Tuesday, September 29, 2009

Translation: Anti-Fascist Screed

Chiang Kai-shek, Fascist

On the Dual Nature of the Nationalism Advocated by the Nationalist Literary and Arts School

by Qian Zhengang (see my Google docs page for complete translation; the original Chinese has a Google doc as well)

In addition to some more work on the theory of autobiography, I did a bit more translating of this latest paper. The main ideas of the argument in the latter half are:
Chiang Kai-shek, the most important supporter of the Nationalist Literary Movement, was already by 1927 no longer faithful to the Three Principles of the People but rather a devoted follower of Fascism.

Since the Nationalist Literary School took its orders from the Nationalist Literary Movement, no matter what their own ideology was like, for any and all ideology they all could only proceed to propagate Fascism, accepting or further explicating the ideas of their instigator, Chiang Kai-shek.

Well then, why did the Nationalist Literary School also propagate the egalitarian nationalism of Sun Yat-sen in theory and in parts of their works? I believe this is a result of the influence of the authoritative power of Sun Yat-sen's ideology. Sun Yat-sen was once the public leader of each revolutionary class of China; his Three Principles of the People were once the theoretical manifestation of the public will of each revolutionary class of China.

In one area, that accepting the government of Chiang Kai-shek required disseminating Fascism formed the deep nature; in the other area the utter necessity to fulsomely praise the nationalism of Sun Yat-sen formed the surface nature.
This is of course vaguely disturbing to translate, but I like that it has me thinking more about the lives and personalities of people like the author of the paper. Unfortunately the word that comes to mind is 'warped.' Deep feelings of some sort seem to brim just under the surface of this piece, but I can't say exactly what those are. Meanwhile the logic of the argument has the tacky, tired feel of Chinese inner/outer and deep/surface idioms. One thinks of De Francis, Hannis and others who have argued that Chinese language stifles innovation:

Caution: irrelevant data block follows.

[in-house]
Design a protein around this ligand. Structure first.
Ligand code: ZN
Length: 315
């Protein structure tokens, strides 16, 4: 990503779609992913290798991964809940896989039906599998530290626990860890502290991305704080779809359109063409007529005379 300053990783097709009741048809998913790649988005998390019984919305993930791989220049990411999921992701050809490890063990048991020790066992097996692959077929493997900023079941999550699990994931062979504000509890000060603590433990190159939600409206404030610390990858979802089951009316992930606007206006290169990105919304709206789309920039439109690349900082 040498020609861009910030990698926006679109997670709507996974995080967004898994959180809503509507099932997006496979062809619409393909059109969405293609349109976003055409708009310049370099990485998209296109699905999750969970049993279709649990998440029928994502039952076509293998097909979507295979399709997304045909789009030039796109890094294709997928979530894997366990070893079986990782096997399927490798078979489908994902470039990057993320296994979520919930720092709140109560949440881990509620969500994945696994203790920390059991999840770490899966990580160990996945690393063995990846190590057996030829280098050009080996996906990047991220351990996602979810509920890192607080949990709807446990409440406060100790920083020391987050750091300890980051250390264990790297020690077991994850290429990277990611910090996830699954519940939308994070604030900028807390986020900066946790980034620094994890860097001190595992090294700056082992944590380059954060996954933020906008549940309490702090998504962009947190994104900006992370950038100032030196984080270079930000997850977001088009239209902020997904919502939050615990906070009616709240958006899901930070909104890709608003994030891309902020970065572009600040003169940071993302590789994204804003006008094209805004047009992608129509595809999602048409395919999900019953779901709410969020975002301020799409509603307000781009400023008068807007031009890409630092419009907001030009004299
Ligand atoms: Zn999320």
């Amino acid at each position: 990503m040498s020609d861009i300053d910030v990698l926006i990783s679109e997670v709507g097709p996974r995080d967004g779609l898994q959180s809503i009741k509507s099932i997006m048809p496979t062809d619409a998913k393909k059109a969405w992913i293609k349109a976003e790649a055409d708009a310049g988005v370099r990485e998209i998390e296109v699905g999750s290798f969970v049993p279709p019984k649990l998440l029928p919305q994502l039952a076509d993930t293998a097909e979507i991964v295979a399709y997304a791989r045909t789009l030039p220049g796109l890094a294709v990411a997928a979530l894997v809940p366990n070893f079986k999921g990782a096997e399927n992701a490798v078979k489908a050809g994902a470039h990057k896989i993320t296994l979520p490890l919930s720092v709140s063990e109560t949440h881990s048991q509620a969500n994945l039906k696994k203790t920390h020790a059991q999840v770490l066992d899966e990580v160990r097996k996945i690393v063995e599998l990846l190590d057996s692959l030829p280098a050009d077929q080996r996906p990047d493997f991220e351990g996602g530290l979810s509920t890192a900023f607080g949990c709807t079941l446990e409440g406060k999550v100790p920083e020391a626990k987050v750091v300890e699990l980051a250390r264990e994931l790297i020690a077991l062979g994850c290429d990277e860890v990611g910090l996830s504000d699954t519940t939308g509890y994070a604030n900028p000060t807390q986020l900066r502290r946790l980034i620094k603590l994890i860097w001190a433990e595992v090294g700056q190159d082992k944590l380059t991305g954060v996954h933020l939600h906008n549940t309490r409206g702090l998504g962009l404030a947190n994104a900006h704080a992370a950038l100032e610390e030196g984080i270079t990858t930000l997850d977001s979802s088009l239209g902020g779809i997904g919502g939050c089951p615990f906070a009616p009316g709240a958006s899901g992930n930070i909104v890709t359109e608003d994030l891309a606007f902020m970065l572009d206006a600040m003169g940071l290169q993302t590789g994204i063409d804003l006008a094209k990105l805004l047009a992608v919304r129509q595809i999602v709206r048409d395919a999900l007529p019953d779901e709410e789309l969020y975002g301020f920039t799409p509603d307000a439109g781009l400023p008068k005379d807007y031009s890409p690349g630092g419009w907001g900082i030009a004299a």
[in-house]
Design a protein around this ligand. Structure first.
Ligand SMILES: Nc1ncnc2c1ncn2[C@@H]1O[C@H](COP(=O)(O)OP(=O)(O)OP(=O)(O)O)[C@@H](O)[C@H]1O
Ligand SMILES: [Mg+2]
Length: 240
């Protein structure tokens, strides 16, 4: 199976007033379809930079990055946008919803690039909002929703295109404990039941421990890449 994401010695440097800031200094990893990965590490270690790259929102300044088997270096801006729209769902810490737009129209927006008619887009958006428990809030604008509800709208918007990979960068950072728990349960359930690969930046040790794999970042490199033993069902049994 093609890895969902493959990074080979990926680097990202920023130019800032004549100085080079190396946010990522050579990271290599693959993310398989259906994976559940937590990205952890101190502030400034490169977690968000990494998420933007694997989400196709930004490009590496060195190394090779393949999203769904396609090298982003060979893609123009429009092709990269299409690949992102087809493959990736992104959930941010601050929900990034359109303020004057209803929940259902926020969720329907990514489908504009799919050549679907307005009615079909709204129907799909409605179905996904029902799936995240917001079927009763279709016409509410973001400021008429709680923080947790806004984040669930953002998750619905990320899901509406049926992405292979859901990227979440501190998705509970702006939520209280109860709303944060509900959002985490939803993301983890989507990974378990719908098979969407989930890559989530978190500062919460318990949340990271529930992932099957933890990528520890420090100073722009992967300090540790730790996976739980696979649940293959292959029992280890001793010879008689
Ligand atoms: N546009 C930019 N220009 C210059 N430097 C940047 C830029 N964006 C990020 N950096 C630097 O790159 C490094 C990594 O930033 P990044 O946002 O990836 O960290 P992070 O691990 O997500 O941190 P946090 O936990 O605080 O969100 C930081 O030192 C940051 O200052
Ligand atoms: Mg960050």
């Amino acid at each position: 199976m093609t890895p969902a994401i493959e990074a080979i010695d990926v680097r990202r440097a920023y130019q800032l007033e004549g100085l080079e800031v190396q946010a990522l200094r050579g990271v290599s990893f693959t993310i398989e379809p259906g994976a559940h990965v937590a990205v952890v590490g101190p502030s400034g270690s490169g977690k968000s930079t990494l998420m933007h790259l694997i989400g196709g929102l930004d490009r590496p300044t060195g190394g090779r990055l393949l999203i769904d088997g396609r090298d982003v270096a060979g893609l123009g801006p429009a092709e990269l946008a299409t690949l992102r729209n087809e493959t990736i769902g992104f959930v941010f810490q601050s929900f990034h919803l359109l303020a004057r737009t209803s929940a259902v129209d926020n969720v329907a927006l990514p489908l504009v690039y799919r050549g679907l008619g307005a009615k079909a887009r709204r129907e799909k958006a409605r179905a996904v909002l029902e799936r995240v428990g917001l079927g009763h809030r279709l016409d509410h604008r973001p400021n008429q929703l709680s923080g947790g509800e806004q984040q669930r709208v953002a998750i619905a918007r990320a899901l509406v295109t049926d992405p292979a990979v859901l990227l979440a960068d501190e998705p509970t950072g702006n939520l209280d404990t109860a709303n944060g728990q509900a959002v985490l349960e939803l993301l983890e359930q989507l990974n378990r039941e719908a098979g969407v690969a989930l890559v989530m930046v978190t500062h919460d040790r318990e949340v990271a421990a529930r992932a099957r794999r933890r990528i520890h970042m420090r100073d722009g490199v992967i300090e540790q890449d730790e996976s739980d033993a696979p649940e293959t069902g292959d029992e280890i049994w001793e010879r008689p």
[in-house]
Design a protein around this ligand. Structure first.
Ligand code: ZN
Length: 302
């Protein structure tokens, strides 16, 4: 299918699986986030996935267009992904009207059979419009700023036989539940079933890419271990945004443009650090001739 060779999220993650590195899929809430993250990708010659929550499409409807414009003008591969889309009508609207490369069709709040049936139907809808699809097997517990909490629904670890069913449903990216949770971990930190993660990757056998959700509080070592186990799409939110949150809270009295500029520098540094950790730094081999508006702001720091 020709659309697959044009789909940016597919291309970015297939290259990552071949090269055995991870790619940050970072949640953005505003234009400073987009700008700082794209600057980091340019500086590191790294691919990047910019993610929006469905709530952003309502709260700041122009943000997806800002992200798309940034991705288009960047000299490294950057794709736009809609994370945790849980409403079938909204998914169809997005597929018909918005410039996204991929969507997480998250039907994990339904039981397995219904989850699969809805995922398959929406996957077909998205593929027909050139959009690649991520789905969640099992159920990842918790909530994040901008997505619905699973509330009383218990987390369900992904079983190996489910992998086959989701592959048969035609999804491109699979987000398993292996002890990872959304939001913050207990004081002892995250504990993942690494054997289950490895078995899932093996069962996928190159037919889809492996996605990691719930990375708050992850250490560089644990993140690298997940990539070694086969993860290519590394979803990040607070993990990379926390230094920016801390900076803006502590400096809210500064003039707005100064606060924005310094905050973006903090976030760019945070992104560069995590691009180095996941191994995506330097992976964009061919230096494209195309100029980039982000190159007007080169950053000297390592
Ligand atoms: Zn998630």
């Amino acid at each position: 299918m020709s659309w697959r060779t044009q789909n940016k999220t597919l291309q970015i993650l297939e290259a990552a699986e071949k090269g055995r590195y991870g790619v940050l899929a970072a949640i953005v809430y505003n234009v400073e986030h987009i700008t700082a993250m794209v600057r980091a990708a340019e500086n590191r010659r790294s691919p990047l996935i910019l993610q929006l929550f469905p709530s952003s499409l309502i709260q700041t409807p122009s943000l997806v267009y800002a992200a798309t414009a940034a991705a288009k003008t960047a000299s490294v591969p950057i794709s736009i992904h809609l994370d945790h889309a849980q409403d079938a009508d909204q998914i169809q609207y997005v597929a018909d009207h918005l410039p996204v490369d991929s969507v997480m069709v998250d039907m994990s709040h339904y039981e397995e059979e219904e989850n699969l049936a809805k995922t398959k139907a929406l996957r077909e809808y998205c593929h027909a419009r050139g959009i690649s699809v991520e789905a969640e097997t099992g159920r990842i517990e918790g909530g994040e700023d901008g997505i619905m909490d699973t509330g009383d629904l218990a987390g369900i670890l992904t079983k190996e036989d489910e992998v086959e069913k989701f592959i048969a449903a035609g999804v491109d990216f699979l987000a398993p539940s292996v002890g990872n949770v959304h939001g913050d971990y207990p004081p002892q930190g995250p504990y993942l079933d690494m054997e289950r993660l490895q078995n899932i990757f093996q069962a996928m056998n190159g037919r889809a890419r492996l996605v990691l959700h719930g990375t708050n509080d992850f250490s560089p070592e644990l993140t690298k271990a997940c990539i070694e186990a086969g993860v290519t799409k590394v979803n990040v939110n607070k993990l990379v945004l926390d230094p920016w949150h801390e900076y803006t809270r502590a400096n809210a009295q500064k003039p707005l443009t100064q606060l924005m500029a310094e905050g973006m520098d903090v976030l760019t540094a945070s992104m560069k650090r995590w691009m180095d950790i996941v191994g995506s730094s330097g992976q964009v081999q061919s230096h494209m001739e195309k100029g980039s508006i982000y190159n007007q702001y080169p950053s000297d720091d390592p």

As I have elucidated above, for Sun Yat-sen's egalitarianism we should express affirmation, while for ultranationalism wet must steadfastly offer rejection. Well then, how should we distinguish this nationalism possessing a dual nature? The key to the problem lies in making clear the structural relationship of the dual nature, which means we must make clear which nature resides in a deep layer of the structure, and which in a surface layer.
Notably, what "structure" would refer to in real life is left out of the picture, along with any apparent realization that the term "structure" here is an empty abstract, a simple rhetorical tool really meant for no more than to emphasize what is no doubt a very safe point: Fascism is bad, and so is the KMT.


Monday, September 28, 2009

Next translation: Fascist screed

Where to find the Fascism: Vanguard Monthly, a KMT literary journal

The next translation I'm doing for Nobo contains some interesting information about Fascism among KMT writers in the early 1930s.

In 1933 Chen Xinchun was urging his readers to be more "Like Italy's Mussolini, like Germany's Hitler..." And in 1931, a fairly scary dramatic poem (ju shi) called "The Blood of the Yellow People" by Huang Zhenxia 黄震遐 gives us a vision of racism in the Chinese language. Set in the 13th century from the perspective of the 'yellow' Mongols who had scored a major defeat against the 'white'/'caucasian' Russians, the poem's beginning reads (first draft):